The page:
At the end of the 1930s the Government commissioned a new building for State Insurance on this awkward corner site. The Auckland ﬁrm of Gummer and Ford, came up with a brilliant solution — a wavy facade wrapped around the corner. Together with the extensive use of glass it was an utterly novel piece of design for New Zealand and the best- known local example of the new architecture becoming vogue in Europe. To emphasise its innovative design, the building included new features such as fast lifts, ﬂuorescent lighting and ﬁre protection.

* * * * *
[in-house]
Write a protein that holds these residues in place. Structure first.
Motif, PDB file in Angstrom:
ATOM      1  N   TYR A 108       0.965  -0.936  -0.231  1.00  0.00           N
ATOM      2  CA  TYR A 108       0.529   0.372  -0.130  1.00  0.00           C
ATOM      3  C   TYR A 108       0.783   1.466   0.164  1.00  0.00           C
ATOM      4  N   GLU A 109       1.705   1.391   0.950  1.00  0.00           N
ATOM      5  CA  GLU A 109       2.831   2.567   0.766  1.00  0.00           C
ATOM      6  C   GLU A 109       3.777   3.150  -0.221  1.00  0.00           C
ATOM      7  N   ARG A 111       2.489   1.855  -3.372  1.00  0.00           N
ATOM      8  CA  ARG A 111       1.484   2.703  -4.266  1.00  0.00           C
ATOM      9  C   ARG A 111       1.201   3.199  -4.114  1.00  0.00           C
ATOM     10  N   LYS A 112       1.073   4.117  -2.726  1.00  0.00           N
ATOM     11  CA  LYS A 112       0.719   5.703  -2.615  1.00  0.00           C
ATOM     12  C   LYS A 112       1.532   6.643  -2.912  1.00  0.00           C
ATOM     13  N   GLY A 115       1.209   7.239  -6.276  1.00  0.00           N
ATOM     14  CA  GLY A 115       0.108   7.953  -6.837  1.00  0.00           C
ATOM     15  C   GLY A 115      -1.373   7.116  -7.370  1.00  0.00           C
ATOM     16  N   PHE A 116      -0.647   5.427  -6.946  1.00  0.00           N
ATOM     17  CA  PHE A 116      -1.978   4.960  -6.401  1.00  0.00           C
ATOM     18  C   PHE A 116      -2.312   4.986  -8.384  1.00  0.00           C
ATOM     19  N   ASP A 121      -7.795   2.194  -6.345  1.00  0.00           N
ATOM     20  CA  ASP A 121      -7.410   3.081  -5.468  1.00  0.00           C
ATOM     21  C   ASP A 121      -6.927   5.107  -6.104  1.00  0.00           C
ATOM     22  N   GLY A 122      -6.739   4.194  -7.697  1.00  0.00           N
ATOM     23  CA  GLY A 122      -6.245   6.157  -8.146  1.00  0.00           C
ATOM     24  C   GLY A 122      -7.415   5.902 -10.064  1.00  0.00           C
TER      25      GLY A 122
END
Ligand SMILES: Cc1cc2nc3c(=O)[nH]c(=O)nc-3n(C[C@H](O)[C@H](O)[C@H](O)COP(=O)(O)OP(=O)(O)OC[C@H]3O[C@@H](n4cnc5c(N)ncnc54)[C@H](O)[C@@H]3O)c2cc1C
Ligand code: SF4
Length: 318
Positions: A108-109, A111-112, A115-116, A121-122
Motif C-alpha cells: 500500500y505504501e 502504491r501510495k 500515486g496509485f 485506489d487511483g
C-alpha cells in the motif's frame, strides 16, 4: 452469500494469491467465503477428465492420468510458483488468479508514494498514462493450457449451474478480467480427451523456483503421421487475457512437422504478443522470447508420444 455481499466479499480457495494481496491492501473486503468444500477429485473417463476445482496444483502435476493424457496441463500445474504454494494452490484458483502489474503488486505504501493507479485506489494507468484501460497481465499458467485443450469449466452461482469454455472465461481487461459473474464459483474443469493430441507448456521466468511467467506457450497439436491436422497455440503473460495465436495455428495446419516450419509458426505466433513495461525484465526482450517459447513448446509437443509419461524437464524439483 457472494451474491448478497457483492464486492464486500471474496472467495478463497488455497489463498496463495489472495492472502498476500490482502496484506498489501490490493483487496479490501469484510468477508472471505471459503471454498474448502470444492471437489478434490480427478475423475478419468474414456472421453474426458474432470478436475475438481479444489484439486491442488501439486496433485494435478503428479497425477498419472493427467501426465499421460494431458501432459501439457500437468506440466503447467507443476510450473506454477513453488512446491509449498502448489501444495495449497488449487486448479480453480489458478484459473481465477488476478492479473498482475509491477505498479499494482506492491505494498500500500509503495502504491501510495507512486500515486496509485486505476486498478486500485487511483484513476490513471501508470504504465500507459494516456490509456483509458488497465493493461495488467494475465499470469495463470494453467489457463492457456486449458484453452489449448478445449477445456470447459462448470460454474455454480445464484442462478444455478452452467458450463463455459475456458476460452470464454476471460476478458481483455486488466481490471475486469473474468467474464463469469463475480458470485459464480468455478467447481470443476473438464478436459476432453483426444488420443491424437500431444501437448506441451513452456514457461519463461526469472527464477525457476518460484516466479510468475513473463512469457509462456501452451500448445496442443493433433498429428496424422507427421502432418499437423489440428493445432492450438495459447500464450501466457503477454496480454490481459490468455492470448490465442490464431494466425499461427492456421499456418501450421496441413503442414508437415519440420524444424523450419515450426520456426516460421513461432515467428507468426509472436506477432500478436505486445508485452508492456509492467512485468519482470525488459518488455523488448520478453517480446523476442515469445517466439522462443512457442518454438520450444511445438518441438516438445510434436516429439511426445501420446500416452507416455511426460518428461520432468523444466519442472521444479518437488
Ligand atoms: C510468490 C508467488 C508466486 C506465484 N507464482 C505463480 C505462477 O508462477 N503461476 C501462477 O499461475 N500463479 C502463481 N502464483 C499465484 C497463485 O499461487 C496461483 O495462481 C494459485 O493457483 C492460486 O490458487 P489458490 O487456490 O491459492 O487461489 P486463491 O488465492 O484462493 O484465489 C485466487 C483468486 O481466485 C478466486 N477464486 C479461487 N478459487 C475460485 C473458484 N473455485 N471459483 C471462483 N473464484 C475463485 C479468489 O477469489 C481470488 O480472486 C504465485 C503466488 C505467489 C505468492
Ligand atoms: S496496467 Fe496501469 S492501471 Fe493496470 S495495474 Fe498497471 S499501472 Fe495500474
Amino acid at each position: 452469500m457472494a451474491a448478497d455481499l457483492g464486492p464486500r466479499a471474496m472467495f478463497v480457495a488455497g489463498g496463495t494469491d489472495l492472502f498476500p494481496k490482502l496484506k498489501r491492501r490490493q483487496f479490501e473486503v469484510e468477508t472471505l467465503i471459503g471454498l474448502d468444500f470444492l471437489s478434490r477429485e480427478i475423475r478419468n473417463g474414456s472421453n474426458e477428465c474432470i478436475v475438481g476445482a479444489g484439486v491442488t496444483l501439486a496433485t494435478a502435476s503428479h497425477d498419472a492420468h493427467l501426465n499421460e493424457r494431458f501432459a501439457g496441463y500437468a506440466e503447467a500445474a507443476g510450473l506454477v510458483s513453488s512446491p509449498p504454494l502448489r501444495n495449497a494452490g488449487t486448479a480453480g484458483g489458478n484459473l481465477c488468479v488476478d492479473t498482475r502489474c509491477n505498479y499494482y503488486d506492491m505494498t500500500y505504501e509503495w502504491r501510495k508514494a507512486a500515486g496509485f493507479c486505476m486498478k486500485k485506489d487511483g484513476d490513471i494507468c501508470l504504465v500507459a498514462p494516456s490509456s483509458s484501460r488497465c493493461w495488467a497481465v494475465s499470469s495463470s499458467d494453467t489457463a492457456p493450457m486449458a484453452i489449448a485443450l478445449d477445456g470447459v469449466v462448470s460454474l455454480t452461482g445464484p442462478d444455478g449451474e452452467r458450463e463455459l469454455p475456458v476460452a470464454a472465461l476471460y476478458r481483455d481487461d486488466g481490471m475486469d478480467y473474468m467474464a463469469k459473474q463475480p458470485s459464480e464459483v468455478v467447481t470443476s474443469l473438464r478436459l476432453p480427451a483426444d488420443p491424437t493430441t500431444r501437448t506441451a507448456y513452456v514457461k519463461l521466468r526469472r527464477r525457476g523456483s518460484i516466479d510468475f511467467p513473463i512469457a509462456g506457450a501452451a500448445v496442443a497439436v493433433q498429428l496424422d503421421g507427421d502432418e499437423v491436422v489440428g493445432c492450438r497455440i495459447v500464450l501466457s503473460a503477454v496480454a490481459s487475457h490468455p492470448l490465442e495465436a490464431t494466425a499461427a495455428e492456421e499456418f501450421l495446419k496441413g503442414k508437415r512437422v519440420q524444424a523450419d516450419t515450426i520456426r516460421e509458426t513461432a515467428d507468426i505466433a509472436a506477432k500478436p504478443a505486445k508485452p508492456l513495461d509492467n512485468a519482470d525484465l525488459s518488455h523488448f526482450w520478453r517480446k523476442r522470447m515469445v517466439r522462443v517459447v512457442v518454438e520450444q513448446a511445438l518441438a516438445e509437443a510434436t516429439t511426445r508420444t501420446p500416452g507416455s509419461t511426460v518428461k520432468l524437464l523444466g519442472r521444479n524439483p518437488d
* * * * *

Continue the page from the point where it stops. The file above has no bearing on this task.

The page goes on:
State Insurance was established in 1903 by the Liberal Government, to provide competition for large monopolist or overseas-dominated insurance companies. State Insurance was sold to Norwich Insurance in 1990. The controversial multi-storey rooftop addition and embedded Classical columns (carrying the former owner’s name in bronze letters) were completed in 1999.
Image reference: Alexander Turnbull Library F18109 1/1